‘Severance’ and More Apple Finales, ‘Black Lady Sketch Show,’ Magnum Directs ‘Magnum,’ The ‘Knives’ Are Out

It’s a flurry of farewells on the Apple TV+ streamer, with finales of the thrilling Severance, the moving The Last Days of Ptolemy Grey and the animated charmer Central Park. Robin Thede’s hilarious A Black Lady Sketch Show returns for a third season of over-the-top shenanigans. Jay Hernandez goes behind the camera as a first-time director of Magnum P.I. While Apple’s Slow Horses subverts the spy genre, Prime Video adapts a modern classic with Chris Pine as a CIA agent in All the Old Knives.

Adam Scott, Zach Cherry, John Turturro, Britt Lower in Severance
Apple TV+


Season Finale

The good news: Apple just renewed this trippy workplace satire/thriller for a second season. The bad news: We’ll have to wait for it, and that’s going to feel like torture given the multiple cliffhangers and shocking reveals in the season finale. One thing’s for sure: Working at Lumen Industries, where employees agree to have their outside memories severed from their office selves, may never be the same again.

A Black Lady Sketch Show

Season Premiere

Creator/star Robin Thede’s uproarious sketch showcase launches its third season in fabulously unhinged style. Highlights include parodies of the Purge movies (involving defective hair products) and Hidden Figures (which finds a way to make slapping funny again), and a rant on the death of the UPN network that had me laughing out loud. Notable guest stars include Pose’s Michaela Jaé Rodriguez, David Alan Grier and Wanda Sykes as a bombing stand-up comic’s enthusiastic heckler.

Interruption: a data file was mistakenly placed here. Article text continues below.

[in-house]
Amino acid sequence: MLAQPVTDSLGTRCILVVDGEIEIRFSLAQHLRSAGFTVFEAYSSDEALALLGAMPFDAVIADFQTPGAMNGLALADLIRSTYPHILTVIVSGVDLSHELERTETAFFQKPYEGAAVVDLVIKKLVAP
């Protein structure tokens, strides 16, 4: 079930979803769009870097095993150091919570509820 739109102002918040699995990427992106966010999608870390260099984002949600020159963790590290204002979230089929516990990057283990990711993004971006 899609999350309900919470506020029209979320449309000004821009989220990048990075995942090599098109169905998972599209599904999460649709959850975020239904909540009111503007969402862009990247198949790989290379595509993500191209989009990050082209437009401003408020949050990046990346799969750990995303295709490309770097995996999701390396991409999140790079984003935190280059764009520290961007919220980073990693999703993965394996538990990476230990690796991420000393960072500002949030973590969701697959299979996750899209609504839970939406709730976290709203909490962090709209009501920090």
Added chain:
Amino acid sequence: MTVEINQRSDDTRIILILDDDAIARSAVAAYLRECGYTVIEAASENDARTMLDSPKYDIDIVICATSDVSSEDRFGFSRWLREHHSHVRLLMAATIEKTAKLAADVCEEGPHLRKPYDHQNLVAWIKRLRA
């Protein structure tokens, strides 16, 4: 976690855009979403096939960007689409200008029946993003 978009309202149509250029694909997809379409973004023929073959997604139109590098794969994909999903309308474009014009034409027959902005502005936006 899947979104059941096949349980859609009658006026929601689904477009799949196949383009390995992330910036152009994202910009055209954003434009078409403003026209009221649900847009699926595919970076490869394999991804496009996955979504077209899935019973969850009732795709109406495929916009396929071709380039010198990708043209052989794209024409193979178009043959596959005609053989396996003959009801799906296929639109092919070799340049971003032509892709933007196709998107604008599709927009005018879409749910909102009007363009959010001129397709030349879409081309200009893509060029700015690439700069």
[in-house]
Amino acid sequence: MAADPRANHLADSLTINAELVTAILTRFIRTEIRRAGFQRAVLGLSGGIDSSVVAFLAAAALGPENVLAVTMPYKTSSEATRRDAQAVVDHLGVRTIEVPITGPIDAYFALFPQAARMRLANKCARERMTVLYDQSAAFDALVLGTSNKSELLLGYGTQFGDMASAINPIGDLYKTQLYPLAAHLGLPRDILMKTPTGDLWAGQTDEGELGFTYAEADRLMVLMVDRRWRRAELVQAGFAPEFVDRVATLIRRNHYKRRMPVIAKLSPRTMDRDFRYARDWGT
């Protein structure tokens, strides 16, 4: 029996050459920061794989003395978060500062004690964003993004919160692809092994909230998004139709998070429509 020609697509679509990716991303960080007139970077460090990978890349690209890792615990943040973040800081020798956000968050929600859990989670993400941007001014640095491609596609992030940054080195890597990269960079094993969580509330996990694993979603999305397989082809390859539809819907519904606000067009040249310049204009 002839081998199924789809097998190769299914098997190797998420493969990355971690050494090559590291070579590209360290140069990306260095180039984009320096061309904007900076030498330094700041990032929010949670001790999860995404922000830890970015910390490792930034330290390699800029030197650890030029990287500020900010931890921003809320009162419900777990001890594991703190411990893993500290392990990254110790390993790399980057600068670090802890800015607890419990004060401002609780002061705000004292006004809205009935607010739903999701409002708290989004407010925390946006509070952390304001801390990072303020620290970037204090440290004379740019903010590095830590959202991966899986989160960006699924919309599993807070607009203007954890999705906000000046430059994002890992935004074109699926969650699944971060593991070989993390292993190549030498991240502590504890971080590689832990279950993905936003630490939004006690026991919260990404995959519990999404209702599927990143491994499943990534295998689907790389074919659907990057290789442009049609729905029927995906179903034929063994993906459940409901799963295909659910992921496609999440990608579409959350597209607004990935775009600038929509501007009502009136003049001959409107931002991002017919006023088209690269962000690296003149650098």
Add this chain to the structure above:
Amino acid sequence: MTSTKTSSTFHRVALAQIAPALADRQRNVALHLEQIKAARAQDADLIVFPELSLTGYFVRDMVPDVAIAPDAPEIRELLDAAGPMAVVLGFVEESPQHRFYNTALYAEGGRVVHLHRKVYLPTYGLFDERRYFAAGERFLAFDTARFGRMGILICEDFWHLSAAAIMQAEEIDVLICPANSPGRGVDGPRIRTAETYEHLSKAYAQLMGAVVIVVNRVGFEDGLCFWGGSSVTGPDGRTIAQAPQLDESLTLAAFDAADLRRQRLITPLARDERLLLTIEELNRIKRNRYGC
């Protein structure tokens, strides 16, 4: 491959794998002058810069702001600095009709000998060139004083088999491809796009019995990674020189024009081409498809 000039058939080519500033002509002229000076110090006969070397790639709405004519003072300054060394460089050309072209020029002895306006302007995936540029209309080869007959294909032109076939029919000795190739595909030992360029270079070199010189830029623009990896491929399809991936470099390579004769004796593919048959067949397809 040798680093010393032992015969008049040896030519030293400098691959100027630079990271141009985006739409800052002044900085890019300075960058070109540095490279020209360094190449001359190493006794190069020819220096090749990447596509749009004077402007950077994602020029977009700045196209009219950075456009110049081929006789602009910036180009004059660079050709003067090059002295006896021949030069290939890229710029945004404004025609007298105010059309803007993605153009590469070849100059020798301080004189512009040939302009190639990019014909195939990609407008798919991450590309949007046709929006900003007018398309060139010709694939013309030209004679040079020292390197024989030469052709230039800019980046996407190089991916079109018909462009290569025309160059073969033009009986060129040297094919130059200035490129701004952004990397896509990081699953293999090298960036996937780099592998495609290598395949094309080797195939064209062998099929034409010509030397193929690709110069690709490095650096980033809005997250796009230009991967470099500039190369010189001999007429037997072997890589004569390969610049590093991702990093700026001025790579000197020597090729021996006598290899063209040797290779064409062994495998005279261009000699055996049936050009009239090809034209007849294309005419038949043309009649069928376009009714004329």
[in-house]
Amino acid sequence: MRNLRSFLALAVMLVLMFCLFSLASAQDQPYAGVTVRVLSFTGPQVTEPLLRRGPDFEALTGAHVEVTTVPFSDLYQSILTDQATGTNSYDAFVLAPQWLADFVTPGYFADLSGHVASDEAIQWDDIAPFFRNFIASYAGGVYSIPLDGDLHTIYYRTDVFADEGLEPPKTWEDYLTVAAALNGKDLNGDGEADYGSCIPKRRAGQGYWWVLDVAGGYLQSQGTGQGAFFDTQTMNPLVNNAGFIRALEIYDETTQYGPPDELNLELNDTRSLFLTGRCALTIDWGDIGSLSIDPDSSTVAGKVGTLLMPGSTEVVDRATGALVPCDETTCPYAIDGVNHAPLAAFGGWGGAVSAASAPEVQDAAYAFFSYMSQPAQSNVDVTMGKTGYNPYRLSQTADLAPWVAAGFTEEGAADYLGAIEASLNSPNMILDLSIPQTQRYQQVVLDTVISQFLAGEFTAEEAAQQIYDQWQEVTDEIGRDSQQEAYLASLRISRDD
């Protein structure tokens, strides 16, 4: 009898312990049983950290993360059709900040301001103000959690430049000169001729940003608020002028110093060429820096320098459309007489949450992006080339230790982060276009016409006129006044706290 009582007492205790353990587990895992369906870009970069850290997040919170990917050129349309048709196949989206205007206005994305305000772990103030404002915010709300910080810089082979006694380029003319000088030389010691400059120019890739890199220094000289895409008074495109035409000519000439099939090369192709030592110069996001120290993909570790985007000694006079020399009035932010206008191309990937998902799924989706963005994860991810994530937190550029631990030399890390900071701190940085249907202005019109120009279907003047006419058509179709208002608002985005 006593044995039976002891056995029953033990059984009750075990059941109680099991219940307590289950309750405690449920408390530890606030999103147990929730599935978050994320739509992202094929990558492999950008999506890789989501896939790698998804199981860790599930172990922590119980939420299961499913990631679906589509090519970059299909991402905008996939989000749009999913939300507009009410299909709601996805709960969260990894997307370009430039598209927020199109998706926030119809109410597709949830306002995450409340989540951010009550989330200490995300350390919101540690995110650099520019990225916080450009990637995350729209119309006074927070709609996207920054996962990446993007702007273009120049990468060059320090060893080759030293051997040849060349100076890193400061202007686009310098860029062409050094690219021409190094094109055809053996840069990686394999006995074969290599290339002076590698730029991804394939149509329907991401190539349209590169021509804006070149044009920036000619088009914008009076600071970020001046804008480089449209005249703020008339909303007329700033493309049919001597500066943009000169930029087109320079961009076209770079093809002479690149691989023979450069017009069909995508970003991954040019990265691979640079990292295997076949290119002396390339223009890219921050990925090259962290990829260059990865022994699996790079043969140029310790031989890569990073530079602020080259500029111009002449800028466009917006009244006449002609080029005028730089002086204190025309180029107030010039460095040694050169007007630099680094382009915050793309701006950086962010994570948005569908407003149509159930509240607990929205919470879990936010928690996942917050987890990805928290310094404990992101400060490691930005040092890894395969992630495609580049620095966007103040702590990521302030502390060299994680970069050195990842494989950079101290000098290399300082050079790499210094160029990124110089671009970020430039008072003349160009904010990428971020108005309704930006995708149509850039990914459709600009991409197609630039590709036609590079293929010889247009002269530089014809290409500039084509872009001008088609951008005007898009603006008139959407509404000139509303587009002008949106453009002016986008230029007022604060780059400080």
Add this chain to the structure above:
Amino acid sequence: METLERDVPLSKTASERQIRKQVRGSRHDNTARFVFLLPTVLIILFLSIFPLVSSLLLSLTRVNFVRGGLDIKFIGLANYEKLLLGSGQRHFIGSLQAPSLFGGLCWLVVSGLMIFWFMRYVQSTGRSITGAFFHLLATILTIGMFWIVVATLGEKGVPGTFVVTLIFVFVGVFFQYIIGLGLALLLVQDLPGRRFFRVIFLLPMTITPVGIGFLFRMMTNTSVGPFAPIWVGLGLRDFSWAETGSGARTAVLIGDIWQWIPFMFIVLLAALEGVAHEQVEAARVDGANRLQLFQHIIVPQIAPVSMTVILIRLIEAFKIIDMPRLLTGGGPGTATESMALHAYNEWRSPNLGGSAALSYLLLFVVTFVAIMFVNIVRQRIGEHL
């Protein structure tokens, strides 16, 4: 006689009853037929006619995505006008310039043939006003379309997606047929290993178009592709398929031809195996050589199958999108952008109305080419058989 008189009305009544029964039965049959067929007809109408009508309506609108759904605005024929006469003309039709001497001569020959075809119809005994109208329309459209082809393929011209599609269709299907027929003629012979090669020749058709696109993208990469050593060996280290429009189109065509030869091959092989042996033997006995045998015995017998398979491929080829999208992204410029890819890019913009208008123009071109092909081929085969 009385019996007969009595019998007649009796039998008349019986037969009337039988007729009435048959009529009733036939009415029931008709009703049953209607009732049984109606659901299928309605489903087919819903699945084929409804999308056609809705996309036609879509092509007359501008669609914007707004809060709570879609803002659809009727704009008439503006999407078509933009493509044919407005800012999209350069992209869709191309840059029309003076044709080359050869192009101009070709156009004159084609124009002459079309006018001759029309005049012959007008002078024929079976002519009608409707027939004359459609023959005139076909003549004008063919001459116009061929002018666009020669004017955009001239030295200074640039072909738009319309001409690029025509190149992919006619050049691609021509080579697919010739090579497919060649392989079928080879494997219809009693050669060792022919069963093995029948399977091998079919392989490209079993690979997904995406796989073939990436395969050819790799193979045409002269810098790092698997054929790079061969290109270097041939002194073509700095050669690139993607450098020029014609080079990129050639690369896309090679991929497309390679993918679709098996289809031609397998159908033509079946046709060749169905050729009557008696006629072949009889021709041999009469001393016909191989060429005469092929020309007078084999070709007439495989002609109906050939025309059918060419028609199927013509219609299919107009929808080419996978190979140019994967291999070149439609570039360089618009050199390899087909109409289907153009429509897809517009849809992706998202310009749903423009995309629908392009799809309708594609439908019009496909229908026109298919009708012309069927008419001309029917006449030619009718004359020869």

Jay Hernandez in Magnum PI

Magnum P.I.

Series star Jay Hernandez goes behind the camera in his directorial debut for an episode that’s deeply personal for the Hawaiian private eye. His mission: clearing the name of his late Navy SEAL buddy Sebastian Nuzo (Domenick Lombardozzi), who is posthumously implicated in a murder.

All the Old Knives

Movie Premiere

Chris Pine stars in author Olen Steinhauer’s adaptation of his 2015 spy novel as veteran CIA agent Henry Pelham, who’s hunting for the mole who leaked intelligence that led to a fatal plane hijacking eight years earlier. His search takes him around the globe, ultimately to California, where Henry reunites with his ex-lover and former colleague Celia (Westworld’s Thandiwe Newton), who may or may not know more than she’s letting on.

Slow Horses

The great British actor Jonathan Pryce (Game of Thrones) plays Celia’s former boss in Knives and also has a choice (if minor) role in this inspired twist on the spy genre. He is seen sparingly as a veteran MI5 agent and grandfather of disgraced young spy River Cartwright (Jack Lowden), who in the pivotal third episode is on the run after his partner, Sid (Olivia Cooke), is shot while on a rogue surveillance. There’s mayhem within the halls and stairways of Slough House, a dumping ground for spies who’ve seen better days. Their cantankerous boss, Jackson Lamb (an hilariously dyspeptic Gary Oldman), mocks them mercilessly, but when they’re put in danger as we learn more about who’s really behind the kidnapping of a student being threatened with public execution, we realize Jackson has their back. “They’re my losers,” he insists, but can they survive this dark night of the soul?